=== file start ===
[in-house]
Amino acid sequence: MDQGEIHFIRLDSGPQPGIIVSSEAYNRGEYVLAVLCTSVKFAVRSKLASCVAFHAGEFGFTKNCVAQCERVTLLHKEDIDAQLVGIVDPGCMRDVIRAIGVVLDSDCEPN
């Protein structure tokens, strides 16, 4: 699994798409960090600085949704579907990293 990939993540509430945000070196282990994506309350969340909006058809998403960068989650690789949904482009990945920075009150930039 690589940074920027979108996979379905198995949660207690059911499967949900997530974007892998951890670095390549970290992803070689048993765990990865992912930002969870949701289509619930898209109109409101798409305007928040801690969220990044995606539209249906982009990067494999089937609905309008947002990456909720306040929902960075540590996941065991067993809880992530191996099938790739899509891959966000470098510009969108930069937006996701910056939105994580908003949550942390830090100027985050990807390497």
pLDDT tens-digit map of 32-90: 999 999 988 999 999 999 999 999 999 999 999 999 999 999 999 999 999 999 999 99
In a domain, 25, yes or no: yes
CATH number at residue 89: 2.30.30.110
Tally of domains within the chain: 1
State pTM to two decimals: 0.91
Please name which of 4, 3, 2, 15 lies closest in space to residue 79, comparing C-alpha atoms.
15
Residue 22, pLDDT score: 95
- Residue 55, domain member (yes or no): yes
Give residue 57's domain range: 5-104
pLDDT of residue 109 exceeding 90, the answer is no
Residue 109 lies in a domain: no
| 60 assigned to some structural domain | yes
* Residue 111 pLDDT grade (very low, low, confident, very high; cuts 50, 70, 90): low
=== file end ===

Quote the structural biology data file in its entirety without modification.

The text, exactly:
[in-house]
Amino acid sequence: MDQGEIHFIRLDSGPQPGIIVSSEAYNRGEYVLAVLCTSVKFAVRSKLASCVAFHAGEFGFTKNCVAQCERVTLLHKEDIDAQLVGIVDPGCMRDVIRAIGVVLDSDCEPN
């Protein structure tokens, strides 16, 4: 699994798409960090600085949704579907990293 990939993540509430945000070196282990994506309350969340909006058809998403960068989650690789949904482009990945920075009150930039 690589940074920027979108996979379905198995949660207690059911499967949900997530974007892998951890670095390549970290992803070689048993765990990865992912930002969870949701289509619930898209109109409101798409305007928040801690969220990044995606539209249906982009990067494999089937609905309008947002990456909720306040929902960075540590996941065991067993809880992530191996099938790739899509891959966000470098510009969108930069937006996701910056939105994580908003949550942390830090100027985050990807390497």
pLDDT tens-digit map of 32-90: 999 999 988 999 999 999 999 999 999 999 999 999 999 999 999 999 999 999 999 99
In a domain, 25, yes or no: yes
CATH number at residue 89: 2.30.30.110
Tally of domains within the chain: 1
State pTM to two decimals: 0.91
Please name which of 4, 3, 2, 15 lies closest in space to residue 79, comparing C-alpha atoms.
15
Residue 22, pLDDT score: 95
- Residue 55, domain member (yes or no): yes
Give residue 57's domain range: 5-104
pLDDT of residue 109 exceeding 90, the answer is no
Residue 109 lies in a domain: no
| 60 assigned to some structural domain | yes
* Residue 111 pLDDT grade (very low, low, confident, very high; cuts 50, 70, 90): low